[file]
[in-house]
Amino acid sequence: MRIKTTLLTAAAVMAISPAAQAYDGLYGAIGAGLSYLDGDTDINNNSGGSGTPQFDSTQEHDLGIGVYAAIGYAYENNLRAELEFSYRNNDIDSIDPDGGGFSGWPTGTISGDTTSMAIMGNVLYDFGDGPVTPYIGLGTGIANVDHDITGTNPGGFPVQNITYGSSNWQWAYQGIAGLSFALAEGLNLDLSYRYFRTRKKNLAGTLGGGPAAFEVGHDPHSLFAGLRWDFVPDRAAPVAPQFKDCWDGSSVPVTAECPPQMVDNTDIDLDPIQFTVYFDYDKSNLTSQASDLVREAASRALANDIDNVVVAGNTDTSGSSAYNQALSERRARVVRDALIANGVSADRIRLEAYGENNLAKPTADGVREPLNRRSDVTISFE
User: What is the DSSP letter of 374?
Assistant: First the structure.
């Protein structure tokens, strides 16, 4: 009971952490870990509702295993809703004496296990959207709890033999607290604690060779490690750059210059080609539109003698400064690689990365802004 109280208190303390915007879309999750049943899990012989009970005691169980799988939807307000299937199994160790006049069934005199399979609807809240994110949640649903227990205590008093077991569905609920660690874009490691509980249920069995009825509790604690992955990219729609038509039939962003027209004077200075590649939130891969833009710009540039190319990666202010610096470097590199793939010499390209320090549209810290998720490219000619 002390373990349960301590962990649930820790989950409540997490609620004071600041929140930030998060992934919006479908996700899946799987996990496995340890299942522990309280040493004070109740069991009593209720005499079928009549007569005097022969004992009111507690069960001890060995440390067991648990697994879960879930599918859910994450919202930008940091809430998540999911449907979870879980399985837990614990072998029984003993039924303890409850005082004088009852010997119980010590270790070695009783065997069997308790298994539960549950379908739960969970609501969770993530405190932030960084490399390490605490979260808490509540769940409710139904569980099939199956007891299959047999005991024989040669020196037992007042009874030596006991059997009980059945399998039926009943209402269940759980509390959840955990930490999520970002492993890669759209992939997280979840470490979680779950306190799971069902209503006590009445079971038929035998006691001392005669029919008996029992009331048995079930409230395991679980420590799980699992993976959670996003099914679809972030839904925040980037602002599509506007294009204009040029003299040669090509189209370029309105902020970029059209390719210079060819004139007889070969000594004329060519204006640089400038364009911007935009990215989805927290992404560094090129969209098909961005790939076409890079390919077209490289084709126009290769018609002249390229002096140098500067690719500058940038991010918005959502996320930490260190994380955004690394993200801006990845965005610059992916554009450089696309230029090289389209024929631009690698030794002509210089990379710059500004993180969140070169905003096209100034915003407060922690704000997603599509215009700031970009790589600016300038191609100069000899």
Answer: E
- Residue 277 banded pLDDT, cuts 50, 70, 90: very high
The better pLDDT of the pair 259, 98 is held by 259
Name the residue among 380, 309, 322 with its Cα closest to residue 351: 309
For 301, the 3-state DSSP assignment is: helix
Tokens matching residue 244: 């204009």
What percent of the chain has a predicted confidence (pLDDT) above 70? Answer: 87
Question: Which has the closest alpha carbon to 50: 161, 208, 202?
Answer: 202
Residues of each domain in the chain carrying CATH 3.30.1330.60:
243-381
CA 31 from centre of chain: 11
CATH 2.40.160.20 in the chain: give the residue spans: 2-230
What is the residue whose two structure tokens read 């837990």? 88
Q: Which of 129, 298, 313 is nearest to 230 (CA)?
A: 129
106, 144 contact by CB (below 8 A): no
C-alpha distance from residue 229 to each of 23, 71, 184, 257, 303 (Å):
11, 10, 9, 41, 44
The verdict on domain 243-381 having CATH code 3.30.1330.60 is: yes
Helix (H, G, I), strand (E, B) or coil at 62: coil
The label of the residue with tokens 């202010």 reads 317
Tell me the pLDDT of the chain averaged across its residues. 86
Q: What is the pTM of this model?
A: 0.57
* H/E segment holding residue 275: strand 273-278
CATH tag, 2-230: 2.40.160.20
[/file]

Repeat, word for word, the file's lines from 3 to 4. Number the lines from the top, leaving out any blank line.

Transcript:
User: What is the DSSP letter of 374?
Assistant: First the structure.